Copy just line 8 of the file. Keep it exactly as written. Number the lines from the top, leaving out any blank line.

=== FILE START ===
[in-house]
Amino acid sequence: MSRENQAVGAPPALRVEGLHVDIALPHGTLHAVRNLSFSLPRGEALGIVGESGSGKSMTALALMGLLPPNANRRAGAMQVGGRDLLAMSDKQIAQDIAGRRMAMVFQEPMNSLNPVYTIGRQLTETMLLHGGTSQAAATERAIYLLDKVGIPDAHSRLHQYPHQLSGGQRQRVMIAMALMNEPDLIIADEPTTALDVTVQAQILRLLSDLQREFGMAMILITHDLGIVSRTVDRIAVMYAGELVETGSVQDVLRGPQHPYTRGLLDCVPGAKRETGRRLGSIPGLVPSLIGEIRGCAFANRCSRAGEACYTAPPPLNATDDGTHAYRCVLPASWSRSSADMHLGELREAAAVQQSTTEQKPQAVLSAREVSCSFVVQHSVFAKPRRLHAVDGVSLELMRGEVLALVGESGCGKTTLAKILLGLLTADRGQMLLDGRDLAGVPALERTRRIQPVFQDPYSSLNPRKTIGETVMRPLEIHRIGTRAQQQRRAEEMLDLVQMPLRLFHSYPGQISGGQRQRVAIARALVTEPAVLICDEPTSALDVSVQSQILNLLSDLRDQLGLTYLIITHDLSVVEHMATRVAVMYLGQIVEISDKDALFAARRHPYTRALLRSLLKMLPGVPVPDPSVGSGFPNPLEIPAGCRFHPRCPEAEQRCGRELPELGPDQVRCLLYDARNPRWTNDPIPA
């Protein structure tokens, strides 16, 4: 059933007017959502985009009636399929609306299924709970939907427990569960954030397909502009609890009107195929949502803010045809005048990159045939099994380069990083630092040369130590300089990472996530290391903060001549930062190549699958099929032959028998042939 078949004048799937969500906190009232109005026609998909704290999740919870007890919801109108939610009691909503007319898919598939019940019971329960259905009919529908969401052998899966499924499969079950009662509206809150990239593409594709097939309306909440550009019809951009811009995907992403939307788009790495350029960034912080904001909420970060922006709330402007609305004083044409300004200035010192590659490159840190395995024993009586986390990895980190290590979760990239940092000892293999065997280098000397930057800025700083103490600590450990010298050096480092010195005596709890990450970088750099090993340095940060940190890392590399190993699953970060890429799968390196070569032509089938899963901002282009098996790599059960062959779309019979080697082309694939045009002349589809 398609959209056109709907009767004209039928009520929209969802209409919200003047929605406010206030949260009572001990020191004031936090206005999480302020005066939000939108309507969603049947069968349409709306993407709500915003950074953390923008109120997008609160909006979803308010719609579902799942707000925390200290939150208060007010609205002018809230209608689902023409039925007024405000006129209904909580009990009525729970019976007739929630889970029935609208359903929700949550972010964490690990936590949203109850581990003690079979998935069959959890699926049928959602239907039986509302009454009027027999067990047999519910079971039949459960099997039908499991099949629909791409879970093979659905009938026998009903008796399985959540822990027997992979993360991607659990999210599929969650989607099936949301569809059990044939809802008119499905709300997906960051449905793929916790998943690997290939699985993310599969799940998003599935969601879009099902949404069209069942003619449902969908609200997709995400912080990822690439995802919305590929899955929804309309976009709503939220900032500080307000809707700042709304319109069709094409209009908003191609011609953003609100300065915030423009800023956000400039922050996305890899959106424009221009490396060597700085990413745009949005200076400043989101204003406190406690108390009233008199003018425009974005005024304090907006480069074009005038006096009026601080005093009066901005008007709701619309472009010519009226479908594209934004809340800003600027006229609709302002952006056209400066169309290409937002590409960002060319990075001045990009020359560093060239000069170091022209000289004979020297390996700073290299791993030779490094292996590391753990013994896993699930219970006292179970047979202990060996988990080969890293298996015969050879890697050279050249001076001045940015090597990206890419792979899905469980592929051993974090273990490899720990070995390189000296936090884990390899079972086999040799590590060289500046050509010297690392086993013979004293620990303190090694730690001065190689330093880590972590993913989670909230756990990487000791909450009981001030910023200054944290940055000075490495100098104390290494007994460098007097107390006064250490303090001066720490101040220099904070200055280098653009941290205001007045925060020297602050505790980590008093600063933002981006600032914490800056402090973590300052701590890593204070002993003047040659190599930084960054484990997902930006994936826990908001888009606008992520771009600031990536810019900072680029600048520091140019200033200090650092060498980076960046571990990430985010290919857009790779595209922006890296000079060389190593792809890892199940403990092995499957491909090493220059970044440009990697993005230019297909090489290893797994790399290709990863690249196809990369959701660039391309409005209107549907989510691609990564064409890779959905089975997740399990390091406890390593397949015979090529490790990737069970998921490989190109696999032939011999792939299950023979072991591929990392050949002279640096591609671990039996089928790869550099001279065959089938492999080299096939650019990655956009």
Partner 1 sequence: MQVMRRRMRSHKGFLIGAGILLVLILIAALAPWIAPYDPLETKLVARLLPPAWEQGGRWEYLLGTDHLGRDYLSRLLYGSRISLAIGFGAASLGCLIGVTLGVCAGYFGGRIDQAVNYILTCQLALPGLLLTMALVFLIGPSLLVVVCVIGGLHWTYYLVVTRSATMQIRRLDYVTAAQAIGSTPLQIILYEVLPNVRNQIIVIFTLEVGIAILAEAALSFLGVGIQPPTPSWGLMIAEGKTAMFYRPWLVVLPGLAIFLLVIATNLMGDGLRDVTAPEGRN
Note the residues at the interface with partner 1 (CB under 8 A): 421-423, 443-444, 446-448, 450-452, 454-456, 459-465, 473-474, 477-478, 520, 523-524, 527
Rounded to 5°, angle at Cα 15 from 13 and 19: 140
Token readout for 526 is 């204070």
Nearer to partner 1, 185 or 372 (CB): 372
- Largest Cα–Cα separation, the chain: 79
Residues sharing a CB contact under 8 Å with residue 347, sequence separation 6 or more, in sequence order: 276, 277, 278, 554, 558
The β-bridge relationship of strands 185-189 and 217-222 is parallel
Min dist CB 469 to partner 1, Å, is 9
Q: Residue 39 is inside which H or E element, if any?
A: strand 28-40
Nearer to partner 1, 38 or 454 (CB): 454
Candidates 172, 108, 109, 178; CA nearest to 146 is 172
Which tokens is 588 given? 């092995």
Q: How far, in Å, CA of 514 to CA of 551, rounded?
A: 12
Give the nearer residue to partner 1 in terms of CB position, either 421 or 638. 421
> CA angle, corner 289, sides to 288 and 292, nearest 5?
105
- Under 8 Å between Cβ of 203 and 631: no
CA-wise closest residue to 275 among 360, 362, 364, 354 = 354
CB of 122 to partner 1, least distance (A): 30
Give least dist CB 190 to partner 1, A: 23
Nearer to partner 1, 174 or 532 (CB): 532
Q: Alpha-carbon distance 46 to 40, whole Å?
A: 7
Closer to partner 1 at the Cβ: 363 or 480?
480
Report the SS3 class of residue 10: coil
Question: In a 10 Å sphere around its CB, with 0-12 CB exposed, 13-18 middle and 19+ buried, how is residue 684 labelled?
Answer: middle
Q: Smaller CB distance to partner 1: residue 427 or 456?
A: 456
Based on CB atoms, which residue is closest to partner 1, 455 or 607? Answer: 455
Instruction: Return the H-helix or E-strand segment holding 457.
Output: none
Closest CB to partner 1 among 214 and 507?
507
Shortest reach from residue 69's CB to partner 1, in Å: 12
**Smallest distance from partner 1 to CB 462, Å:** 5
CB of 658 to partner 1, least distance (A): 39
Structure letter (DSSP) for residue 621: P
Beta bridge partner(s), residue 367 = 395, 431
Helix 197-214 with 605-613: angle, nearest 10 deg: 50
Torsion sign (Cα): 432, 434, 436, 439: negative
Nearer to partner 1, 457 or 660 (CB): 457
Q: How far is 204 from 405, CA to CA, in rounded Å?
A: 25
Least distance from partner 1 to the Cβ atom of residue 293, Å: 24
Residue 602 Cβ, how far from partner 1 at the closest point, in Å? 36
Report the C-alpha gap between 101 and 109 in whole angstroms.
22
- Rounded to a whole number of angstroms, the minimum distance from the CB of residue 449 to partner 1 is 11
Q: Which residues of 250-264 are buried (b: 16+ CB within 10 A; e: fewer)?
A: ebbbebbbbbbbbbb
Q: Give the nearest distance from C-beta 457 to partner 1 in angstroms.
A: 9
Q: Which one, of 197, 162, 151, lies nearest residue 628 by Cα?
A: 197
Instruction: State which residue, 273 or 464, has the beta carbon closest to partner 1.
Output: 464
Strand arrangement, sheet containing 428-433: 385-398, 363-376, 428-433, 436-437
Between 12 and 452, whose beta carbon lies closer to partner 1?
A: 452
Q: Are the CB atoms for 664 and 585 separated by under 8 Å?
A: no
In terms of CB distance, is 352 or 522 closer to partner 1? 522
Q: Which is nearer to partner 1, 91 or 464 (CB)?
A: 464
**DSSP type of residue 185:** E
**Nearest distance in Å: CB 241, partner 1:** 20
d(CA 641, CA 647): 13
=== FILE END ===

Nearer to partner 1, 185 or 372 (CB): 372